I recently visited two of the sea turtle nesting beaches in El Salvador and had an opportunity to meet with several of the country’s leading turtle conservationists and a few tortugueros. My first night on the beach in a small town called Toluca was a bit surreal with the sheer number of people stationed along the waterline, waiting for the turtles to come up. I’m used to beaches in Costa Rica where the conservationists walk the beach and people collecting eggs avoid any contact.
Prior to heading out to the ocean, I sat in on a meeting between Enriqueta Ramirez, who leads the ViVAZUL project (an initiative of Fabien Cousteau’s organization Plant A Fish), and about 60 or so local tortugueros. She explained to this group, mostly men ranging from 18 to 60 years old, how the rules would be changing this season, with ID cards to be handed out to those who participate with the program.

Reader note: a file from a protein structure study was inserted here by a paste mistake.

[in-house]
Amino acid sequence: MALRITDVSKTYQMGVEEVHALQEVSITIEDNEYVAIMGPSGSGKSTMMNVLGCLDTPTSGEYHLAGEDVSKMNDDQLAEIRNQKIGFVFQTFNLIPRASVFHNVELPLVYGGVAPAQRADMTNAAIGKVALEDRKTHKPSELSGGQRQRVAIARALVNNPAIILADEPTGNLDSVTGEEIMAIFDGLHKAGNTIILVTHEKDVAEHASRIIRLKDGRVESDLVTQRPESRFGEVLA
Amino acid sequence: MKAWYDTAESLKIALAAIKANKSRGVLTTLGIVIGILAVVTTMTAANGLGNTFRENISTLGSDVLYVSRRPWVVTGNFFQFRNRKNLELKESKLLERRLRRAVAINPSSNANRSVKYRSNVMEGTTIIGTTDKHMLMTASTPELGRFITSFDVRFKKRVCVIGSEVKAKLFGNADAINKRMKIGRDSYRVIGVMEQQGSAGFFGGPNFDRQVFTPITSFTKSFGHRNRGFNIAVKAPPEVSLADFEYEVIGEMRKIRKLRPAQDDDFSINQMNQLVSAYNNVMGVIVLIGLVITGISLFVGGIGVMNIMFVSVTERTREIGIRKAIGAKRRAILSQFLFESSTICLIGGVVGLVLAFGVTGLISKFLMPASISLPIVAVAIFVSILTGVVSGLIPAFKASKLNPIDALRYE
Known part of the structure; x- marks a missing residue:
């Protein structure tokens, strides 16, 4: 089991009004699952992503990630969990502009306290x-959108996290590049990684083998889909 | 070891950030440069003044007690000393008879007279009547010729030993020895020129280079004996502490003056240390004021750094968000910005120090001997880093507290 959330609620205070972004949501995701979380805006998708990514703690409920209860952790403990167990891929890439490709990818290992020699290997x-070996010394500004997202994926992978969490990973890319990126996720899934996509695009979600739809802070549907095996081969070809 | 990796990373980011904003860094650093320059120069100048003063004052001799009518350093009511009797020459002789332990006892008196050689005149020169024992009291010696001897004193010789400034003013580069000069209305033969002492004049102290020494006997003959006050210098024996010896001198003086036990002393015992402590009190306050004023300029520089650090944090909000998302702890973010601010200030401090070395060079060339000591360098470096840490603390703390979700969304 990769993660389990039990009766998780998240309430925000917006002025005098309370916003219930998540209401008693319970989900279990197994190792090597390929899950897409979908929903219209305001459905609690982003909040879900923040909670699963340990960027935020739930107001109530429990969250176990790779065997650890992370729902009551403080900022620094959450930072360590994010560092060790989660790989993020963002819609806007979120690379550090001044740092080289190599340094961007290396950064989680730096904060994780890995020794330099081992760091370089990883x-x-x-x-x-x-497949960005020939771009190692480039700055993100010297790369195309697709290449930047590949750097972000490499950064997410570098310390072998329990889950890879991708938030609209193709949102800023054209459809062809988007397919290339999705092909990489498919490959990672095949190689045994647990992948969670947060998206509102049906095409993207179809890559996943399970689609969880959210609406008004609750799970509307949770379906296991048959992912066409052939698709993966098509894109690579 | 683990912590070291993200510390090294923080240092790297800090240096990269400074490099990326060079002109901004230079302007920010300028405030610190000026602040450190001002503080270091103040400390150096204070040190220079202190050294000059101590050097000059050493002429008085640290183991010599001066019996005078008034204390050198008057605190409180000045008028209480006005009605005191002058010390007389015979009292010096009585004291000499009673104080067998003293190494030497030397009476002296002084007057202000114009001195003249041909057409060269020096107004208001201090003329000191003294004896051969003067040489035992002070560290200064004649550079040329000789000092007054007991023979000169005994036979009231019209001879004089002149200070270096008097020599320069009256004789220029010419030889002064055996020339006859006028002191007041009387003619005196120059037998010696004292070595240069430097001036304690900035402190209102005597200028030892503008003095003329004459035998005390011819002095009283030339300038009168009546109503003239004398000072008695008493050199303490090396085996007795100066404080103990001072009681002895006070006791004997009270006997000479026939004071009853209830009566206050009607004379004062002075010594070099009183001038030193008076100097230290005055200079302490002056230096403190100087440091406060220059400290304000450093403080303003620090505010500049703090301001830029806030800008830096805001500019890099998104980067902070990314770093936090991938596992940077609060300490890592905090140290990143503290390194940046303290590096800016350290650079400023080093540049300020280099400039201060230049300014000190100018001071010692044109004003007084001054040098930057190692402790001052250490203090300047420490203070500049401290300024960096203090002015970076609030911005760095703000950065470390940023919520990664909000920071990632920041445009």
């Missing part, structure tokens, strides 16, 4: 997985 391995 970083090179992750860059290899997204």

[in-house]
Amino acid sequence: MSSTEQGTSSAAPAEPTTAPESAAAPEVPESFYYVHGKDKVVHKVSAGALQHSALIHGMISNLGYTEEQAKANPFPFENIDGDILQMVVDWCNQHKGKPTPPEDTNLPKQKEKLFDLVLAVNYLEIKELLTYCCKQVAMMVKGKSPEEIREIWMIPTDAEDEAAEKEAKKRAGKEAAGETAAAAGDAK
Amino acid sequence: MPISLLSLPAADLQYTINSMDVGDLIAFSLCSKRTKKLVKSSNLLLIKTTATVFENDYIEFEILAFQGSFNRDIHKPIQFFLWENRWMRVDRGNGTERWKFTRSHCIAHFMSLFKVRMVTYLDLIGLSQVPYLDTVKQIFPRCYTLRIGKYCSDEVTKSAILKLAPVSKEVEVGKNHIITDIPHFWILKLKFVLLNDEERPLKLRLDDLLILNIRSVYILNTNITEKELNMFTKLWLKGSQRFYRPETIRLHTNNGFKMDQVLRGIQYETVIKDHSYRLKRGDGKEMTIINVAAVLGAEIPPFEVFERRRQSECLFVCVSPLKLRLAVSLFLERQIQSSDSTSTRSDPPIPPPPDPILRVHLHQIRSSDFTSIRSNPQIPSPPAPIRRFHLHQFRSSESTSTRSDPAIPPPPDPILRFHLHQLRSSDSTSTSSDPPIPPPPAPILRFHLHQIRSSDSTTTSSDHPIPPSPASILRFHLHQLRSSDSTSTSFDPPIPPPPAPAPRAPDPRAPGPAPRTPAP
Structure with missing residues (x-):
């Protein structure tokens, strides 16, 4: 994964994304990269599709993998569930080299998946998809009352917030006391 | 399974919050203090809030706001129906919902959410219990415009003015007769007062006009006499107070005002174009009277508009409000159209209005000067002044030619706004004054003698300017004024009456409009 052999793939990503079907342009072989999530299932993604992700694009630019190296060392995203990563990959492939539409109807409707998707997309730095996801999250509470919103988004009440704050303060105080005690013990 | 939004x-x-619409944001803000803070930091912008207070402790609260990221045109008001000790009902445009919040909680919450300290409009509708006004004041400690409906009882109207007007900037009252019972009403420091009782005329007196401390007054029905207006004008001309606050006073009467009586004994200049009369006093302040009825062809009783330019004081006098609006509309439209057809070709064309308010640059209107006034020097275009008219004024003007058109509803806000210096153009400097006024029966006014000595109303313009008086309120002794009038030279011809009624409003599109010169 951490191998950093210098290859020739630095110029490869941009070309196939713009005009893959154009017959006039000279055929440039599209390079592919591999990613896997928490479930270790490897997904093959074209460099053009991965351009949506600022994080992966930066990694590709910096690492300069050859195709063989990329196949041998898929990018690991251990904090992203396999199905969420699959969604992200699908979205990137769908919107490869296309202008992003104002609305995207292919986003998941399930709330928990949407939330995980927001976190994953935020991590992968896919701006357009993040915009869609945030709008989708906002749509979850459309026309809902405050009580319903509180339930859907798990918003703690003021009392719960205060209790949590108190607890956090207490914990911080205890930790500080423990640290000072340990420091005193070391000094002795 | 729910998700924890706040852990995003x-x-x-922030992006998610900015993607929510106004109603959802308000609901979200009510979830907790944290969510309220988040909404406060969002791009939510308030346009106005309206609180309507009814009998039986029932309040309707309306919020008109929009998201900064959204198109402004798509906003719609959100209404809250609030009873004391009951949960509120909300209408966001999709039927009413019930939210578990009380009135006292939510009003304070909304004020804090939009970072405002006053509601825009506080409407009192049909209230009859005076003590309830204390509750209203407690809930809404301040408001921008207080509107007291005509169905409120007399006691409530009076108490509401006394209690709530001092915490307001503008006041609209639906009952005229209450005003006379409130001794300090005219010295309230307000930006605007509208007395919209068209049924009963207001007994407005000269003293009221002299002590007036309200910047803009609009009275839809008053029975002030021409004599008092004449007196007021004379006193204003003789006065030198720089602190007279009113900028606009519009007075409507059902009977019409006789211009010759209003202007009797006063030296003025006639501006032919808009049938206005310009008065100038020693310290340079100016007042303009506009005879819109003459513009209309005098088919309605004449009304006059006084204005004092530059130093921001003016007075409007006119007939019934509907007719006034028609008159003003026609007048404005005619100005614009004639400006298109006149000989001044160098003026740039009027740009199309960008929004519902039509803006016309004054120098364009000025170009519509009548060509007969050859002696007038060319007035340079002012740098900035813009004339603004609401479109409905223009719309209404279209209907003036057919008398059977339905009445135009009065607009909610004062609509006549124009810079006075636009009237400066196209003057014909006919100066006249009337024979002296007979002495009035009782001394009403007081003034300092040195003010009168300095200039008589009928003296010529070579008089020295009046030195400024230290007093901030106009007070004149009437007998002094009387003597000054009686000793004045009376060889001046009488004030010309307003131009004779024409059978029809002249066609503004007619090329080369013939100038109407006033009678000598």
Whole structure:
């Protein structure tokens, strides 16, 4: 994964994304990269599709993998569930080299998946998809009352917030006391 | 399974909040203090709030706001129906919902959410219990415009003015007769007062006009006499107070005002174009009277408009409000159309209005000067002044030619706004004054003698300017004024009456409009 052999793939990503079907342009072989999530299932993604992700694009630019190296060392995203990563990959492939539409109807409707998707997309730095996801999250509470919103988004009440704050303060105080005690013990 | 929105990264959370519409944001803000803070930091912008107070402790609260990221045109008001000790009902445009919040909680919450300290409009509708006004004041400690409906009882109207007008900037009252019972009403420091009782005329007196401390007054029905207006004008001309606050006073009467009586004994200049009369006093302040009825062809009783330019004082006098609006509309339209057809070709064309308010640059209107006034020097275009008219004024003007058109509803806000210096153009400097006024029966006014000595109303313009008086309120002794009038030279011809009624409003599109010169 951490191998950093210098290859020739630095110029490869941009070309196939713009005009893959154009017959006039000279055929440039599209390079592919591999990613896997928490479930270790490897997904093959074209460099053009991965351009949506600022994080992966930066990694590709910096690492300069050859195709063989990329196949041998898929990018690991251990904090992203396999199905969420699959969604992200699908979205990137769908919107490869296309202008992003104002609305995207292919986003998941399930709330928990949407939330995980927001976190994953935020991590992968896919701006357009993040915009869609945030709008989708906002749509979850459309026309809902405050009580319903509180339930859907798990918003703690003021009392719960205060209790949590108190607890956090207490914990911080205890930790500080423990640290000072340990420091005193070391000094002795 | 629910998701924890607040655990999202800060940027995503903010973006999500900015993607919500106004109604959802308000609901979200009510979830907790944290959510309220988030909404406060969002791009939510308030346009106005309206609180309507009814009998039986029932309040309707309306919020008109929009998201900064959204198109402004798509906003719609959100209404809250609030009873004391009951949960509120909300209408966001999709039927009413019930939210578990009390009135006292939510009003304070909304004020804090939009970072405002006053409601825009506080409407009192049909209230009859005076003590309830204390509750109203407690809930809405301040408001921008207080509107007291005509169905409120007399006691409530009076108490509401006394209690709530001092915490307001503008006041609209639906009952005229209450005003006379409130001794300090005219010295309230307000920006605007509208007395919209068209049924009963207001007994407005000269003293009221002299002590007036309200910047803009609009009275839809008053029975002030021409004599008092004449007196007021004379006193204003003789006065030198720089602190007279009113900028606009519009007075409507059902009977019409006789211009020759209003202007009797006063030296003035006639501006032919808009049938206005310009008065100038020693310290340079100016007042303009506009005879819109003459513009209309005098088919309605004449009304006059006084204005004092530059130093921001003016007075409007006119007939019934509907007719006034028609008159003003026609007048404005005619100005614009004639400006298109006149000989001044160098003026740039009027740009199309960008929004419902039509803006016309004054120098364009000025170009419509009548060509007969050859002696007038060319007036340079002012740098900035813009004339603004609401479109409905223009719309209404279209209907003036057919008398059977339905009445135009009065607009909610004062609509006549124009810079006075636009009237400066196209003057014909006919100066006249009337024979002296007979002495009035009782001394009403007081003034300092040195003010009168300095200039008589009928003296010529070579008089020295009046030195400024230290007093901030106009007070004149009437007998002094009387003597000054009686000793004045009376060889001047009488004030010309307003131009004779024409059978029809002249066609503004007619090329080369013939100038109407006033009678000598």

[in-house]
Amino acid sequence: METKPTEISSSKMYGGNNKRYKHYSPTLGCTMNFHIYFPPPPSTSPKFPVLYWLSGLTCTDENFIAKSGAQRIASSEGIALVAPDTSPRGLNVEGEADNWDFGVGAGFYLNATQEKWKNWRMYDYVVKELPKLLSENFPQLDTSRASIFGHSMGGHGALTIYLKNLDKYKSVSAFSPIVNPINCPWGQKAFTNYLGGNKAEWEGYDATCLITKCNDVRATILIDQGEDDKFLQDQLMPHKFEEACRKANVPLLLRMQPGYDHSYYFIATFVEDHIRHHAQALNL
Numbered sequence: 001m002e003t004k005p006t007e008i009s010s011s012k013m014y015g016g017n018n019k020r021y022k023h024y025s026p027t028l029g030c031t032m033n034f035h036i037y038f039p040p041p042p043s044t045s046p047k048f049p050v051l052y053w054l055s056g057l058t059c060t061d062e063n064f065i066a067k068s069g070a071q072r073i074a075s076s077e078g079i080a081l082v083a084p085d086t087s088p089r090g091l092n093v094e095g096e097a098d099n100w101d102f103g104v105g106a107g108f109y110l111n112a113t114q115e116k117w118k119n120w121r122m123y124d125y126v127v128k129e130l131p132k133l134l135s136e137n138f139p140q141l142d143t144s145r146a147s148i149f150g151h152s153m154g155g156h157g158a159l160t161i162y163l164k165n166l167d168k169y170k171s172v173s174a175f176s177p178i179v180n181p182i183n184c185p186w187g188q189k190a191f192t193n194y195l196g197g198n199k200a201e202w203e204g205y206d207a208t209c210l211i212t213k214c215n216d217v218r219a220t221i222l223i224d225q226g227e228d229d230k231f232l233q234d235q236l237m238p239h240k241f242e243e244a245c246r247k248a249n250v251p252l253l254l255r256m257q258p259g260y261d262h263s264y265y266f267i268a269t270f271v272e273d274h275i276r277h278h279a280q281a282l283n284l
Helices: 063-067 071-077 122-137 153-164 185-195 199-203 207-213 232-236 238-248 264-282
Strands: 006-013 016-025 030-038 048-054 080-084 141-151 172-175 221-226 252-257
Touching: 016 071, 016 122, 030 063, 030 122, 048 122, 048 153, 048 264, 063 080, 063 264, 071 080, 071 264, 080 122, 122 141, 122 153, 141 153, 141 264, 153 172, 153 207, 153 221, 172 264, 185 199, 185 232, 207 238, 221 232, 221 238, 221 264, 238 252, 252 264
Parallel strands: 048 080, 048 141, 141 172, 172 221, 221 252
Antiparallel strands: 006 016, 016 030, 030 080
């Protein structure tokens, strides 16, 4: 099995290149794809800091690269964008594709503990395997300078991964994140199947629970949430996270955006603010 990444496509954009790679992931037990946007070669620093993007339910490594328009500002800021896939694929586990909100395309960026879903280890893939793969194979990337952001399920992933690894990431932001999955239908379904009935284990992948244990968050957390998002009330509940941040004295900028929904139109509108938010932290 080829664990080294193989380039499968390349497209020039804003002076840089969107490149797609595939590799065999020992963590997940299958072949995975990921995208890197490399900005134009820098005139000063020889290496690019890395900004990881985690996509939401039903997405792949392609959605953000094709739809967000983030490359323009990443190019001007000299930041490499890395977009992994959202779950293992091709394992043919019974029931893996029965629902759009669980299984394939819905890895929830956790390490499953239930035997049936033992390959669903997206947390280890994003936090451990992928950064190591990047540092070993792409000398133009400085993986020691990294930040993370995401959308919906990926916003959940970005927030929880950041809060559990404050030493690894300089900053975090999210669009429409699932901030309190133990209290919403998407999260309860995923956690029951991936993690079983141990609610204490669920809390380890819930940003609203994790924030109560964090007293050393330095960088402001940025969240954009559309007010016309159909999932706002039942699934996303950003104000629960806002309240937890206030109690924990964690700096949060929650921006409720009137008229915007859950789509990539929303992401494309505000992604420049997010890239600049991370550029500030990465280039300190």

Afterward, I sat in on interviews with a number of the tortugueros to hear their opinions about collecting the eggs. While the older men looked at egg collecting as an important way to buy necessities, the younger ones seemed to look at it as a way to earn money for cell phone minutes or cigarettes. While many conservationists in the country believe that collecting eggs is a purely economic activity, Enriqueta believes there is a strong social pull to the activity, and the responses of the men mostly bore this out. They used the words “pastime,” “sport,” and “habit” to describe egg collecting and talked about building bonds with the other men.